It Came From Jersey

The Jersey Shore is an odd place. Old and new at the same time, cutting edge and old fashioned co-existing somehow. It is the place where summer vacations were born and the heartbeat of rock and roll was first really heard. In the crashing of the waves and the lubrication of tanned bodies lies a lot of what makes America a fascinating and enduring place. There is truth and magic in this place that is evident as soon as you head down the Garden State Parkway. Here you find old and new woven into a unique and vital tapestry that is both so beautiful and strong. It is a place of deep paradox. It breeds people that find themselves moving forward with a strong sense of where they have been. It is a place that many in America feel died alongside with Atlantic City….but this is not the case. The shore includes Southern New Jersey, Delaware and Northern Maryland and is a unique culture onto itself.

For the last two weeks I had the honor of teaching a two week intensive on low budget film making at a Mid Atlantic University. My past experience in teaching generation Z’s and millennials has been more than frustrating . In classes of fifty I would be lucky to encounter two students who had the fire in their belly and a love of movies that would transport them into some level of personal success in this often demanding and brutal industry. Usually I would walk into a classroom, in some Ivy encrusted pillar of primarily Mid West post secondary education. The students would slowly saunter in, grasping some form of coffee, baseball caps adorning their heads and their faces painted with months of hard won cynicism. They would sit down look at me briefly, in an effort to size me up and would either wait for me to entertain them in some way or they would dispense with me and slowly descend into some form of stupor. Sometimes they would use the opportunity to catch up up on some sleep. At the end of my lecture, a couple would approach me and that would be that. I would leave the University shaking my head and wondering why I did this.

This was the first time I would engage with students over an extended period of time. I walked anxiously into a lab on the first floor of the University. Some students were already waiting for me. I was impressed ….over the next half hour the rest arrived. It was different looking group, not a single baseball cap, none had a cup of coffee and they all seemed to be pleased be there. When it was apparent that they were all there I started talking and asking questions they would answer intelligently and with a lot of passion. I was floored by their knowledge of cinema. They knew the giants of Italian Horror, were more than well versed with the classics of the 70’s and the 80’s and much more.

Now many of my contemporaries are of the opinion that film students really know no film made before 1997. I was one of those and these young filmmakers just shattered both my perception and my prejudice. What I was expecting was the same mediocre response I had witnessed before but what I saw in front of me were passionate young filmmakers and what I saw develop in front of me instilled within me a renewed hope for the movies.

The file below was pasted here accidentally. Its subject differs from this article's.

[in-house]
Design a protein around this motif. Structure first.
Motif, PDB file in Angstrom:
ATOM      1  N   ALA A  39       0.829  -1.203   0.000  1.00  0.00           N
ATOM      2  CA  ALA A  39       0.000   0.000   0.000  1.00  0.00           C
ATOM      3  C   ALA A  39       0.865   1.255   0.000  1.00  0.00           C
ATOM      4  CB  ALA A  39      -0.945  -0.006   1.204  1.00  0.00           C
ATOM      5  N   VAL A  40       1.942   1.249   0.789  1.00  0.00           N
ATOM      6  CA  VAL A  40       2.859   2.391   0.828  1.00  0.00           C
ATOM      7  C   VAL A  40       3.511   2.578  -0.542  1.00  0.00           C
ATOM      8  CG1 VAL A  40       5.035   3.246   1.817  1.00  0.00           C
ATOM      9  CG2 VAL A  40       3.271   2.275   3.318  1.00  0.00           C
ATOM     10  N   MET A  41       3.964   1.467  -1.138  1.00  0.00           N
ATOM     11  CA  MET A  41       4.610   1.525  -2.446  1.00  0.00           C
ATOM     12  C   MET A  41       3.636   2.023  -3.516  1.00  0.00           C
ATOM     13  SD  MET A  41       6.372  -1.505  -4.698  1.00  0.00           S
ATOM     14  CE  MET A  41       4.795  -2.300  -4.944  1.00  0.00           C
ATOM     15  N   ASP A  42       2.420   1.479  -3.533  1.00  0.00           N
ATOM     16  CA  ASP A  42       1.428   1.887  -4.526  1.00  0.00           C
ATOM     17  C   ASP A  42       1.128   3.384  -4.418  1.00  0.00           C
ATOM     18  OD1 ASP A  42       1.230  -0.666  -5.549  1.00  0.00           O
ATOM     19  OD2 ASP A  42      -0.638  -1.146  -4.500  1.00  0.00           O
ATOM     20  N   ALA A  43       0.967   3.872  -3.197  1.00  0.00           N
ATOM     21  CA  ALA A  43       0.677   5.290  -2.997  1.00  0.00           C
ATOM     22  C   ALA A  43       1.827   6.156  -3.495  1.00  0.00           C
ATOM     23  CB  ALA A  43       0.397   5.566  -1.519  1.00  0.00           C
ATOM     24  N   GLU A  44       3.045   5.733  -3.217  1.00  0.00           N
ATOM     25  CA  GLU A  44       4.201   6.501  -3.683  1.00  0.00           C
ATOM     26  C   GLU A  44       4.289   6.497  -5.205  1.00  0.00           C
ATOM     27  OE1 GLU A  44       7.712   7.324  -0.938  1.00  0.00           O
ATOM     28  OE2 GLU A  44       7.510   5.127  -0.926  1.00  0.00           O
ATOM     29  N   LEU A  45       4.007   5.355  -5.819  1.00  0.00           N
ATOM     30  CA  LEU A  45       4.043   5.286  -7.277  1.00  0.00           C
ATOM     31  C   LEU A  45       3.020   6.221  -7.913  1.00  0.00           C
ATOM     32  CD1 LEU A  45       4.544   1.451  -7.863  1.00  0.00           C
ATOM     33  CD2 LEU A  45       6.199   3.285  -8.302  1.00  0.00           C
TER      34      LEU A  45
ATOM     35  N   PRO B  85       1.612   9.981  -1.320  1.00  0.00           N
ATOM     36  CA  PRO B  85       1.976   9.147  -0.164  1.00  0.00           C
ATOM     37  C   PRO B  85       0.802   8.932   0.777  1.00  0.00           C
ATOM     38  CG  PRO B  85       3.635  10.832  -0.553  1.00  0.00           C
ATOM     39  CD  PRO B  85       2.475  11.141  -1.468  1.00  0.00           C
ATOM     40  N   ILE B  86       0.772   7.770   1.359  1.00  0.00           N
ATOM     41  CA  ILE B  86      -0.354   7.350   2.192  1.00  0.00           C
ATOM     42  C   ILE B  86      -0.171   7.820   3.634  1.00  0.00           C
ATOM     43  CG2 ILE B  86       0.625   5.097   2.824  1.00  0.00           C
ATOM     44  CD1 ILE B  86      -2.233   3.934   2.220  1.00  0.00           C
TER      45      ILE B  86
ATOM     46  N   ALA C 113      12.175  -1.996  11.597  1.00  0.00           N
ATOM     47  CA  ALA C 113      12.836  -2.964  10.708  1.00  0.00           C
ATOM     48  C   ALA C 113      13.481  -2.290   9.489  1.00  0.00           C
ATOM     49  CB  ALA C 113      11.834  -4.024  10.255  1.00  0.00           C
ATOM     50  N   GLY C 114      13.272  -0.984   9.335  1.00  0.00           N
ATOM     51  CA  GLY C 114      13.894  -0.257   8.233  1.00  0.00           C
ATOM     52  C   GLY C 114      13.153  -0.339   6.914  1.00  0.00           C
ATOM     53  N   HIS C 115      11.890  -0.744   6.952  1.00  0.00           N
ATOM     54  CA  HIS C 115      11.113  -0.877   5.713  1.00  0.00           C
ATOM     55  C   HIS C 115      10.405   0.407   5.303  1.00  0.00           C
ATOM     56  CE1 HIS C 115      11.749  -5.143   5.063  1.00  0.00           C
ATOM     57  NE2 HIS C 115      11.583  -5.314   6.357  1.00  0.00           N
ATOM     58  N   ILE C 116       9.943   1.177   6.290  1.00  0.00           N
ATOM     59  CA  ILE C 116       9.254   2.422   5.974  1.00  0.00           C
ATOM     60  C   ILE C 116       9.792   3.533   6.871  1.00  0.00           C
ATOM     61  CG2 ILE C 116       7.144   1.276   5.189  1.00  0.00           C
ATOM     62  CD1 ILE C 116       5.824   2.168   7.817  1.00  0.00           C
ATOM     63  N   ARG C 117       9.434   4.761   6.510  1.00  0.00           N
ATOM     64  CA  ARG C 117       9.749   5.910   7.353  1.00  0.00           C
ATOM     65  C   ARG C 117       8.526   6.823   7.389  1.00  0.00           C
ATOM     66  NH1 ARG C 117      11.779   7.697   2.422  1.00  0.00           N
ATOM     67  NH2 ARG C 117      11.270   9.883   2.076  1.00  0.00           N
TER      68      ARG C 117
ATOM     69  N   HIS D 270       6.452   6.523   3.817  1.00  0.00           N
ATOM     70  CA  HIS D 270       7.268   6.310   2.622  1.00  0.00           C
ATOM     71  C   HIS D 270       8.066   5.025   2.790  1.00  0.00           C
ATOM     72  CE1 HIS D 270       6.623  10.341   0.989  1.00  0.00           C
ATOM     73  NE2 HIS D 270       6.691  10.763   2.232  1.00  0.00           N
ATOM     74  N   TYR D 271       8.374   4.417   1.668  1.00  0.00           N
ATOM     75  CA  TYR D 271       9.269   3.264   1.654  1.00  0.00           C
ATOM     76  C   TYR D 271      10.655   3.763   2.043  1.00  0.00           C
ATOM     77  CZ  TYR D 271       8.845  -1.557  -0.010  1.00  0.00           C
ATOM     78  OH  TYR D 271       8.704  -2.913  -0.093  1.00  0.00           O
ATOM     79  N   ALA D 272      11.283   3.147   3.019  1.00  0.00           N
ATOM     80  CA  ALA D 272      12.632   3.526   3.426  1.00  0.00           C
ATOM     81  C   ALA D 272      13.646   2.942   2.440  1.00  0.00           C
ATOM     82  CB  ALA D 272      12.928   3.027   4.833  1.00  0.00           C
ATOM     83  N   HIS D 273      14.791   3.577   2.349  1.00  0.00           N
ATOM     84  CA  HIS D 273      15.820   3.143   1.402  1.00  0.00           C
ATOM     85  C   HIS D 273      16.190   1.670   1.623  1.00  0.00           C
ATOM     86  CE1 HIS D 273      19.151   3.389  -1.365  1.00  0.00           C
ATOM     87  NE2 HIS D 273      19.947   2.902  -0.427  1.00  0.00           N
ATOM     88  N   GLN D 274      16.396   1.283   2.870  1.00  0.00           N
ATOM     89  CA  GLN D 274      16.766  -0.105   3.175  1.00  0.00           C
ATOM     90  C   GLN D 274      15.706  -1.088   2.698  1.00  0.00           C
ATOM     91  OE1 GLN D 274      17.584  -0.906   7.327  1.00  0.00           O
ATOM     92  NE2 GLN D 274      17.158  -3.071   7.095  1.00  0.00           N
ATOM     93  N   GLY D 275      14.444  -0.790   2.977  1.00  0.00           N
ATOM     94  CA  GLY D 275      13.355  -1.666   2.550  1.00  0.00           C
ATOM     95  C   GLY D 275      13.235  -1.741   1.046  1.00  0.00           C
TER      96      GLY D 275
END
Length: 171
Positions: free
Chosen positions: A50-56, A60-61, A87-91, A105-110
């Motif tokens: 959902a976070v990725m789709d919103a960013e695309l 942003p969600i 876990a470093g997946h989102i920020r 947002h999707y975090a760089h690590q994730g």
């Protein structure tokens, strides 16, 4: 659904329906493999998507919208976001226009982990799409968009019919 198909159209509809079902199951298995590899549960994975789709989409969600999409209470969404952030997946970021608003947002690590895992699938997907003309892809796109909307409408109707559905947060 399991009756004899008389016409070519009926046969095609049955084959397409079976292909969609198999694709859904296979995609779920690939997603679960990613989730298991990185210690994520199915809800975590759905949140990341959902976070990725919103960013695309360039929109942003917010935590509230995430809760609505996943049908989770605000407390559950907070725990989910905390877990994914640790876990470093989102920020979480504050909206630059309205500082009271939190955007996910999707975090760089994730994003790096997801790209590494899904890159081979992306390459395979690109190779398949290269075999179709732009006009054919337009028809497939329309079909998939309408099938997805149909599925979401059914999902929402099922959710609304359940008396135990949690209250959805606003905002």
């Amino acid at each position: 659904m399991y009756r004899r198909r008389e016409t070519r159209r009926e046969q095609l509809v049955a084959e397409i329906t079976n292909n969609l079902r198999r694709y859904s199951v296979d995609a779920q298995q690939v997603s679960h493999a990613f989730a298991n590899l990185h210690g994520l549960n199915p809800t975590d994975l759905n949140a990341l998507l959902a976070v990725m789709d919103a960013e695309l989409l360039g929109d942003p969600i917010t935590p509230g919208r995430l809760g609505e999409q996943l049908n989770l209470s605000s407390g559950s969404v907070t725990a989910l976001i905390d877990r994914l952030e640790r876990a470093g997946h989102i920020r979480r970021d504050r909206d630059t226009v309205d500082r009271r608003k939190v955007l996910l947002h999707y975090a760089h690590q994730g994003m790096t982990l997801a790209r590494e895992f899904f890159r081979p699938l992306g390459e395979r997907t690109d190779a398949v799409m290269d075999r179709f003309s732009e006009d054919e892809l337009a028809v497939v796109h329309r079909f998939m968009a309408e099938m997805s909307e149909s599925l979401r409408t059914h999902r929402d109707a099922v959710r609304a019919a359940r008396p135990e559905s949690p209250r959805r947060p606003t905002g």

The bulk of the two weeks was spent making a trailer for a movie based on an idea that one of the student’s had. It was a good idea based on the popular amusement known as The Escape Room. They all pitched in offering ideas and suggestions for scenes. They debated passionately for the inclusions of shots and scenes they thought would add to the suspense and the execution of the trailer. It was joyous to witness. The passionate and vital debate over ideas and concepts evolved into a working script that they all had authored. They produced the trailer using various locations on the Jersey Shore.

They all took on technical roles with the process of production, conceptualized shots and blocked actors. They recorded ambient sound with aplomb and anguished over lighting and camera movement. The vitality they brought to the process was intoxicating. The innovation and creativity exploded out of their cinematic souls and they brought forth a movie which was entertaining, polished and drew upon a body of cinematic precedent.

When they brought up movies which were made before they were born it made me realize that maybe movies were not dead, maybe I was witnessing the next generation of the torchbearers of cinema. These students were not polluted by either cynicism or doubt. After a couple of days they began to function like a well oiled machine which I feel with more practice could easy turn out market ready movies.

When the course ended, I wanted to let the students know how special they were as a team and how they had changed my perceptions and taught me much. They showed me that movies could be fun again and cinema could grow and prosper outside of the often cool and bitter world of world of Hollywood. They reminded me of the passion and joy I first had going down this road.

There is often a quiet joy in realizing that thankfully you were wrong about something. What these students taught me is that there is hope for the movies…..and that hope lives among the cool breezes, the crashing waves, and the burning sand of the wonderful Jersey Shore.

Who da thunk it….